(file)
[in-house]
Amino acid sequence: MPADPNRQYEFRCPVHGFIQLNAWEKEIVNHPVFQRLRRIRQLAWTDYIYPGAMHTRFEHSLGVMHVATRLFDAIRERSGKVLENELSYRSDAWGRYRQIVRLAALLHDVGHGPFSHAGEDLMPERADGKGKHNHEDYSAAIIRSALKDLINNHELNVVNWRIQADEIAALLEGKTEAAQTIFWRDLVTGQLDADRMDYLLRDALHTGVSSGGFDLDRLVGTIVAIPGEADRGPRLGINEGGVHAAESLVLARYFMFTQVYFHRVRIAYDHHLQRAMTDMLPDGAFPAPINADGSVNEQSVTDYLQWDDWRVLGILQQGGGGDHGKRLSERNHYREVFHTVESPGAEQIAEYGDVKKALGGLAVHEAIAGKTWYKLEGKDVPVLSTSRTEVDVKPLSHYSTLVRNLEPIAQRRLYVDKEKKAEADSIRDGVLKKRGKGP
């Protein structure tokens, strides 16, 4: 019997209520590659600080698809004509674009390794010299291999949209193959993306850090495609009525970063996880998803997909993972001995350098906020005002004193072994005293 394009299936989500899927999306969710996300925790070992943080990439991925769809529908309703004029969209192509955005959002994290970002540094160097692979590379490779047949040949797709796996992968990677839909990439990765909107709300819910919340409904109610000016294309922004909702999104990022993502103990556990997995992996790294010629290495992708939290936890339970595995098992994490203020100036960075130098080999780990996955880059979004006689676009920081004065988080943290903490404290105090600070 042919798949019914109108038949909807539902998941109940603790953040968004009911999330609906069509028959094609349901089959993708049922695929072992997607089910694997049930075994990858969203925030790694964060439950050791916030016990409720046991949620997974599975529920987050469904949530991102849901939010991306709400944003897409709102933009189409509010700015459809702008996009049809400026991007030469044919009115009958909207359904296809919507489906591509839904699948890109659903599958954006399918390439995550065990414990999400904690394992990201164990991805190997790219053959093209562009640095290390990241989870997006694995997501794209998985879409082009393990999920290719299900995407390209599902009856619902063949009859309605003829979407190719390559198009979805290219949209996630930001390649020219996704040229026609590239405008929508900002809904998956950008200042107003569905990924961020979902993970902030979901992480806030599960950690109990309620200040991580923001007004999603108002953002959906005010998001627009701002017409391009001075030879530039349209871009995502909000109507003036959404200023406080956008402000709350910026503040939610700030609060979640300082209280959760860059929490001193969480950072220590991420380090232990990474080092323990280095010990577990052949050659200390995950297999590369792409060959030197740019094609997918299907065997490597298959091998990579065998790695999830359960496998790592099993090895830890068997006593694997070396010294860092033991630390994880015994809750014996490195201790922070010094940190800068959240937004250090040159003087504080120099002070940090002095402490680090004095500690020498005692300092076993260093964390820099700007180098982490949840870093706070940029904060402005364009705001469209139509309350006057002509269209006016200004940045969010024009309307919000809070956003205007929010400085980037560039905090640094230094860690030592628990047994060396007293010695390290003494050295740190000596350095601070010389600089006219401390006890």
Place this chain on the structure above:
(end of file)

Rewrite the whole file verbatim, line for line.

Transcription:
[in-house]
Amino acid sequence: MPADPNRQYEFRCPVHGFIQLNAWEKEIVNHPVFQRLRRIRQLAWTDYIYPGAMHTRFEHSLGVMHVATRLFDAIRERSGKVLENELSYRSDAWGRYRQIVRLAALLHDVGHGPFSHAGEDLMPERADGKGKHNHEDYSAAIIRSALKDLINNHELNVVNWRIQADEIAALLEGKTEAAQTIFWRDLVTGQLDADRMDYLLRDALHTGVSSGGFDLDRLVGTIVAIPGEADRGPRLGINEGGVHAAESLVLARYFMFTQVYFHRVRIAYDHHLQRAMTDMLPDGAFPAPINADGSVNEQSVTDYLQWDDWRVLGILQQGGGGDHGKRLSERNHYREVFHTVESPGAEQIAEYGDVKKALGGLAVHEAIAGKTWYKLEGKDVPVLSTSRTEVDVKPLSHYSTLVRNLEPIAQRRLYVDKEKKAEADSIRDGVLKKRGKGP
């Protein structure tokens, strides 16, 4: 019997209520590659600080698809004509674009390794010299291999949209193959993306850090495609009525970063996880998803997909993972001995350098906020005002004193072994005293 394009299936989500899927999306969710996300925790070992943080990439991925769809529908309703004029969209192509955005959002994290970002540094160097692979590379490779047949040949797709796996992968990677839909990439990765909107709300819910919340409904109610000016294309922004909702999104990022993502103990556990997995992996790294010629290495992708939290936890339970595995098992994490203020100036960075130098080999780990996955880059979004006689676009920081004065988080943290903490404290105090600070 042919798949019914109108038949909807539902998941109940603790953040968004009911999330609906069509028959094609349901089959993708049922695929072992997607089910694997049930075994990858969203925030790694964060439950050791916030016990409720046991949620997974599975529920987050469904949530991102849901939010991306709400944003897409709102933009189409509010700015459809702008996009049809400026991007030469044919009115009958909207359904296809919507489906591509839904699948890109659903599958954006399918390439995550065990414990999400904690394992990201164990991805190997790219053959093209562009640095290390990241989870997006694995997501794209998985879409082009393990999920290719299900995407390209599902009856619902063949009859309605003829979407190719390559198009979805290219949209996630930001390649020219996704040229026609590239405008929508900002809904998956950008200042107003569905990924961020979902993970902030979901992480806030599960950690109990309620200040991580923001007004999603108002953002959906005010998001627009701002017409391009001075030879530039349209871009995502909000109507003036959404200023406080956008402000709350910026503040939610700030609060979640300082209280959760860059929490001193969480950072220590991420380090232990990474080092323990280095010990577990052949050659200390995950297999590369792409060959030197740019094609997918299907065997490597298959091998990579065998790695999830359960496998790592099993090895830890068997006593694997070396010294860092033991630390994880015994809750014996490195201790922070010094940190800068959240937004250090040159003087504080120099002070940090002095402490680090004095500690020498005692300092076993260093964390820099700007180098982490949840870093706070940029904060402005364009705001469209139509309350006057002509269209006016200004940045969010024009309307919000809070956003205007929010400085980037560039905090640094230094860690030592628990047994060396007293010695390290003494050295740190000596350095601070010389600089006219401390006890």
Place this chain on the structure above: